Krause says even during the COVID-19 pandemic, families at only two of the 23 local Habitat homes fell behind on their payments.  He expects that trend to continue.

 “We’re proud of our partner families,” Krause adds.

Anyone who falls too far behind on their mortgage or can’t keep up with payments must pay back fees and funding, including the gap funding, Krause says.

"If they fall behind, we will work with the family to help them get back on track," Krause says. "They must stay in the home for five year or must pay the gap funding back."

Habitat for Humanity expects to continue rehabilitating older homes, but Krause says the new homes are much more efficient and affordable in the long run.

“You can build a new home there, or we can take an old home and put $70,000 to $100,000 into a house that’s 100 years old. You’re still going to have a 100-year-old house – even if you retrofit most of the stuff, you’re still going to have issues with it, it’s still going to be that old house.”

Even during the COVID-19 pandemic, the majority of local Habitat families were able to keep up with their mortgage payments. (Photo courtesy of Bay County Habitat for Humanity)The new homes are what are being called “green homes” because they have high-efficiency appliances, windows, and furnaces, and also have extra insulation.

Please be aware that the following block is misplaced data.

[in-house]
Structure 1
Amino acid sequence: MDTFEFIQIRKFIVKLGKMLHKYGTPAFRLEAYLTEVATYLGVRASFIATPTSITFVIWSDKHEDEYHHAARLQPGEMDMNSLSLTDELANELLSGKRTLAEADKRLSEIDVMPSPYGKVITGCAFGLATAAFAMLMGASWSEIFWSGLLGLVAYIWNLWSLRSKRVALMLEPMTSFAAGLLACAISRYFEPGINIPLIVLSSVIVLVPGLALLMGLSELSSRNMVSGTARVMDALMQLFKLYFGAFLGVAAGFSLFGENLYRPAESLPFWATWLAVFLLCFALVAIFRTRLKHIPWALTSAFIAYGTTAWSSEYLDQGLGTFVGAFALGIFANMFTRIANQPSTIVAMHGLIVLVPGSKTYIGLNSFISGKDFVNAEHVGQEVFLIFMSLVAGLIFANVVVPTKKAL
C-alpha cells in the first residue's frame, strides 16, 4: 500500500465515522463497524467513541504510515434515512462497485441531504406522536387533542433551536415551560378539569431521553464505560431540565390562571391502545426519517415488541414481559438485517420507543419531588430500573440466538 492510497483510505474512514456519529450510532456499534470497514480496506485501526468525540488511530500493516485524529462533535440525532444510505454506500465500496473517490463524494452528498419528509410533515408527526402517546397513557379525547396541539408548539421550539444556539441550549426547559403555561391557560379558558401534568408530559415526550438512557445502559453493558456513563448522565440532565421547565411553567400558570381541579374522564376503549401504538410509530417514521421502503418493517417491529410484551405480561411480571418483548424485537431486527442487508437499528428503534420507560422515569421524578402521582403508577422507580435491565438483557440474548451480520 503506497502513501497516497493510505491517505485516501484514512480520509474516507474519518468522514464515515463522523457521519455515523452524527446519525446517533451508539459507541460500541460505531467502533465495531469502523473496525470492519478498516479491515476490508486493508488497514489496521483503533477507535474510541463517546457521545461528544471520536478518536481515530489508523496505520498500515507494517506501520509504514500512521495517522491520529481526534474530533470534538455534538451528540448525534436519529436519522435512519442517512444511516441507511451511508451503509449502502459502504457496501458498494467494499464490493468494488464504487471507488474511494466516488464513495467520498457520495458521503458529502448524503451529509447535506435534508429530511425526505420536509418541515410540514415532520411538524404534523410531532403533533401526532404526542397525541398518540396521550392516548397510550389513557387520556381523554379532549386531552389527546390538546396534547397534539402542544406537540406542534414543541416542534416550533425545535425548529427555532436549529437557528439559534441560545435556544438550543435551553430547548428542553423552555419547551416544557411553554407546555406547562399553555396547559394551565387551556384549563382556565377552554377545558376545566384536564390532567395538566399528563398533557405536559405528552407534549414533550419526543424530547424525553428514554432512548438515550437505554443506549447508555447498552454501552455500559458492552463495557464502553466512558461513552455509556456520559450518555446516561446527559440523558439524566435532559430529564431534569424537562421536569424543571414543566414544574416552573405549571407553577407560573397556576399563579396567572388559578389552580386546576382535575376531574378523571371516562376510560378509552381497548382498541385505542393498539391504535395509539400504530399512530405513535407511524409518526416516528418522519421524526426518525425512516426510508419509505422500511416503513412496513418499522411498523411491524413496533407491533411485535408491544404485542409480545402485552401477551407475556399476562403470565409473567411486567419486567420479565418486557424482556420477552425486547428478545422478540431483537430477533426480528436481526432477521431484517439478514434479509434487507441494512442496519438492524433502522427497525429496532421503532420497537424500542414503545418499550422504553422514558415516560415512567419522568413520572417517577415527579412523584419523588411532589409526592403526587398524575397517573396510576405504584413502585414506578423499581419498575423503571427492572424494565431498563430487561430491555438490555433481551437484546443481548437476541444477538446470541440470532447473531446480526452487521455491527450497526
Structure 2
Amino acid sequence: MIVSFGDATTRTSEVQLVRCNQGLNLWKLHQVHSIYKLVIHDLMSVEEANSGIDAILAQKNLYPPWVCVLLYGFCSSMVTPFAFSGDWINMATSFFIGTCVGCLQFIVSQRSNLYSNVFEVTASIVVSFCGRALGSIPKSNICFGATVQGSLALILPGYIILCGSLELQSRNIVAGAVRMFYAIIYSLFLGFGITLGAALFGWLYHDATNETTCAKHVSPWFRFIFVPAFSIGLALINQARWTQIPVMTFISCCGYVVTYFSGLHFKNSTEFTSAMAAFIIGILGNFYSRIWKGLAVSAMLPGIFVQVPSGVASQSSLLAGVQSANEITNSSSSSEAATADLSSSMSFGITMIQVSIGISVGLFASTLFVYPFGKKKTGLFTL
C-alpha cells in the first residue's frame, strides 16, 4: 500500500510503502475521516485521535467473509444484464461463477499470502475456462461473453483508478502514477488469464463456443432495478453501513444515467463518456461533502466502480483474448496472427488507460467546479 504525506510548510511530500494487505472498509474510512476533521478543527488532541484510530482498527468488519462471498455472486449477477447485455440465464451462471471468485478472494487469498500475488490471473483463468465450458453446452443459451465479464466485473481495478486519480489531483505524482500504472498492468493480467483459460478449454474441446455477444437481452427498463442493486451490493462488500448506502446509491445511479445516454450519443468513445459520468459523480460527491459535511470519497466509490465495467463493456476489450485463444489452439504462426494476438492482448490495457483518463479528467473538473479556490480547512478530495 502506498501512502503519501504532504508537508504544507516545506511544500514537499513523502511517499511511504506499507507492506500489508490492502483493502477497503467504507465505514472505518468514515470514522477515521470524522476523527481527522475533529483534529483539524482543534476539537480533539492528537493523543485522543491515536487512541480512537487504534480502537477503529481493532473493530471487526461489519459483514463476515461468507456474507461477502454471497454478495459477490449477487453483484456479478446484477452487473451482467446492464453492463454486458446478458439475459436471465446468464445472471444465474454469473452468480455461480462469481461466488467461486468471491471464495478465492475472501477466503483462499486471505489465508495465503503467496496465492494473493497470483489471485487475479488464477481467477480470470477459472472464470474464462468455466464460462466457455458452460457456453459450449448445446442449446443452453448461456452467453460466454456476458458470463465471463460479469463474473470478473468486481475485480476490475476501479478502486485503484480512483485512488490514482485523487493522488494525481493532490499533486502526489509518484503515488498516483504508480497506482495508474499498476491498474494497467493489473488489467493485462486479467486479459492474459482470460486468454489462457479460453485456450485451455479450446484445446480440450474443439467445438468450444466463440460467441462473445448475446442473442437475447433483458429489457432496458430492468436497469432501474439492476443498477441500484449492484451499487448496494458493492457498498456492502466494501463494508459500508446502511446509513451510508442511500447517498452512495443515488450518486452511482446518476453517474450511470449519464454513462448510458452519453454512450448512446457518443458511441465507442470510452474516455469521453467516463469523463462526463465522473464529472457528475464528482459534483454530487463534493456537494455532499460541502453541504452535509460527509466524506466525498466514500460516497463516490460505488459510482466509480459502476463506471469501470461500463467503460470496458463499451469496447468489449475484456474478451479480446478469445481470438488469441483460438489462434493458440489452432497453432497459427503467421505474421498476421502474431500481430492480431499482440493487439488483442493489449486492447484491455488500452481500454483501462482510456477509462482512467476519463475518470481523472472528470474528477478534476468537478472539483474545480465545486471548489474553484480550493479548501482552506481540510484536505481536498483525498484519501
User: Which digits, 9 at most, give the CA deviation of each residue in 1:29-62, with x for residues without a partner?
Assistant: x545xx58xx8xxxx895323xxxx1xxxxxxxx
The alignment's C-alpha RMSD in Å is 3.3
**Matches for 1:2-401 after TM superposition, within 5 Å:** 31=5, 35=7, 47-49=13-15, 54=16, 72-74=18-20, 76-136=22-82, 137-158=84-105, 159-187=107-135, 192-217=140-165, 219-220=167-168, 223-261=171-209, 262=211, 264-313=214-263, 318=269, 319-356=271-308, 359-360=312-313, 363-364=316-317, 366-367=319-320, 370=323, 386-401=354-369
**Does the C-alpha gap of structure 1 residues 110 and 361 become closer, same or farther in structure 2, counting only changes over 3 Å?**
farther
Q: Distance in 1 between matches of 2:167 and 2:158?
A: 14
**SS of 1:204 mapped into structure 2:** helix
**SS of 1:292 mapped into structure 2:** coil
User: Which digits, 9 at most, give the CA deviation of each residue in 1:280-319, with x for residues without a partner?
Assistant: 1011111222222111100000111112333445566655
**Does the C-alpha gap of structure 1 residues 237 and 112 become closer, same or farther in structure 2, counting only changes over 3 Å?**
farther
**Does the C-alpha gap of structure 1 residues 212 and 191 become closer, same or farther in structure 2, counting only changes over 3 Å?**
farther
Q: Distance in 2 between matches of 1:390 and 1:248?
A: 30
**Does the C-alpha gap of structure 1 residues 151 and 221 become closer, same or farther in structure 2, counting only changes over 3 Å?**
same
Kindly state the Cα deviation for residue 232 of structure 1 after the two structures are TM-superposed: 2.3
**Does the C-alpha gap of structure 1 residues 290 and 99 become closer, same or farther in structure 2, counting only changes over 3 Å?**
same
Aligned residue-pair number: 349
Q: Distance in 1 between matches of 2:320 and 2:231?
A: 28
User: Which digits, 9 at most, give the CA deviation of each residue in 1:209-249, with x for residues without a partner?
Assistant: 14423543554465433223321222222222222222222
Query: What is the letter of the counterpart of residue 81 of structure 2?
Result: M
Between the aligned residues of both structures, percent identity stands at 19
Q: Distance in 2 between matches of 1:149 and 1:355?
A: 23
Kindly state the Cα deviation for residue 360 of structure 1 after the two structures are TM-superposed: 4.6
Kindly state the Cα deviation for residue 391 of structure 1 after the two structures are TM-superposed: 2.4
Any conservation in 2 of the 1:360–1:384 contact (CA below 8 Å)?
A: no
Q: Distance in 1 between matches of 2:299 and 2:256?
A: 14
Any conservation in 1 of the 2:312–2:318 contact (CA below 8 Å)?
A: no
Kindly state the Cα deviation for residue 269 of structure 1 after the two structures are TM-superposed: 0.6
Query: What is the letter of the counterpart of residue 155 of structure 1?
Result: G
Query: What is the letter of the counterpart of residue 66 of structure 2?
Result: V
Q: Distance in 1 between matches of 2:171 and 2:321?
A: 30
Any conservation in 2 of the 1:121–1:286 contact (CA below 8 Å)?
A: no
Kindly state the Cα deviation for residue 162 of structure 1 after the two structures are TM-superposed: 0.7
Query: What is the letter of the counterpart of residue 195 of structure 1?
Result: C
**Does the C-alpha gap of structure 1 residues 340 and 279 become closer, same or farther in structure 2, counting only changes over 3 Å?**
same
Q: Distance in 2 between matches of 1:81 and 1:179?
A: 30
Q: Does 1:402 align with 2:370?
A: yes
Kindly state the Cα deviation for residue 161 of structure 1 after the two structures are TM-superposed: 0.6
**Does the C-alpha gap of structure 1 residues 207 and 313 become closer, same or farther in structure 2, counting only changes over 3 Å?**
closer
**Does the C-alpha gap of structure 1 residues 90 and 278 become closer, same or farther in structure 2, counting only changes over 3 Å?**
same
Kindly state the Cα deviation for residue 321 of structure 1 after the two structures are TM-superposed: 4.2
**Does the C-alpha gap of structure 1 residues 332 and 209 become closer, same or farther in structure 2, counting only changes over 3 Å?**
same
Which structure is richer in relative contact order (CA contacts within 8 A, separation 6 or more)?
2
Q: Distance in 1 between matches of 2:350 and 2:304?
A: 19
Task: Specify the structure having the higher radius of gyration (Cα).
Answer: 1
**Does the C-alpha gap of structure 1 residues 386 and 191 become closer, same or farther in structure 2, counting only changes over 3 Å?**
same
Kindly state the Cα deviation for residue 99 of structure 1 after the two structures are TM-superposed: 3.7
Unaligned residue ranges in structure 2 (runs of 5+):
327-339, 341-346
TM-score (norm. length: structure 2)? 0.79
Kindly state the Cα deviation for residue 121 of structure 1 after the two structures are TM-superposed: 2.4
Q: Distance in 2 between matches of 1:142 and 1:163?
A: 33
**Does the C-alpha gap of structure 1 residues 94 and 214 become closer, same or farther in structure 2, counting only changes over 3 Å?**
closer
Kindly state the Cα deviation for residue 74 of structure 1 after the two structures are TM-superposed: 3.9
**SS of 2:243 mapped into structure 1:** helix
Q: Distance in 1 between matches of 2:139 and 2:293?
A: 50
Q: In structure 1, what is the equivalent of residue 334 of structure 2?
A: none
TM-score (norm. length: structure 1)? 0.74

“This family, for the next 20 years should not have any issues whatsoever, except for paying their house payment,” says Krause. “We can heat a lot of the Habitat houses for about $250 a year because they’re so efficient.”

Groundbreaking on the first home is set for August on a property near Bay City Central High School. Krause says the family that will be moving in there has school-age kids who will be able to walk to school.

Getting kids a room of their own, and a place where they can study is another reason for filling these gaps, says Krause.

"A lot of these families are constantly moving from rental to rental or have no home at all," Krause says. "Kids that are living door-to-door, now they have their own bedroom, they can do their homework, and they can have their friends over.”

Krause says they are working with local contractor, General Housing Corp., to build the homes.The homes are modular, not manufactured homes, and are built beyond current building specifications. All are ADA accessible.

In order to qualify for the Missing Middle Housing Project, families apply through the Habitat for Humanity website. An earnings qualification table is available in the application.

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Read more articles by Denyse Shannon.

As a feature writer and freelance journalist, Denyse Shannon has written professionally for over two and a half decades. She has worked as a contractor for daily and weekly newspapers, national and local magazines, and taught introductory media writing at her alma mater – Central Michigan University. She also holds a Master of Arts in journalism from Michigan State University. She and her husband live in Bangor Township and enjoy sailing on the Bay, and are avid cyclists.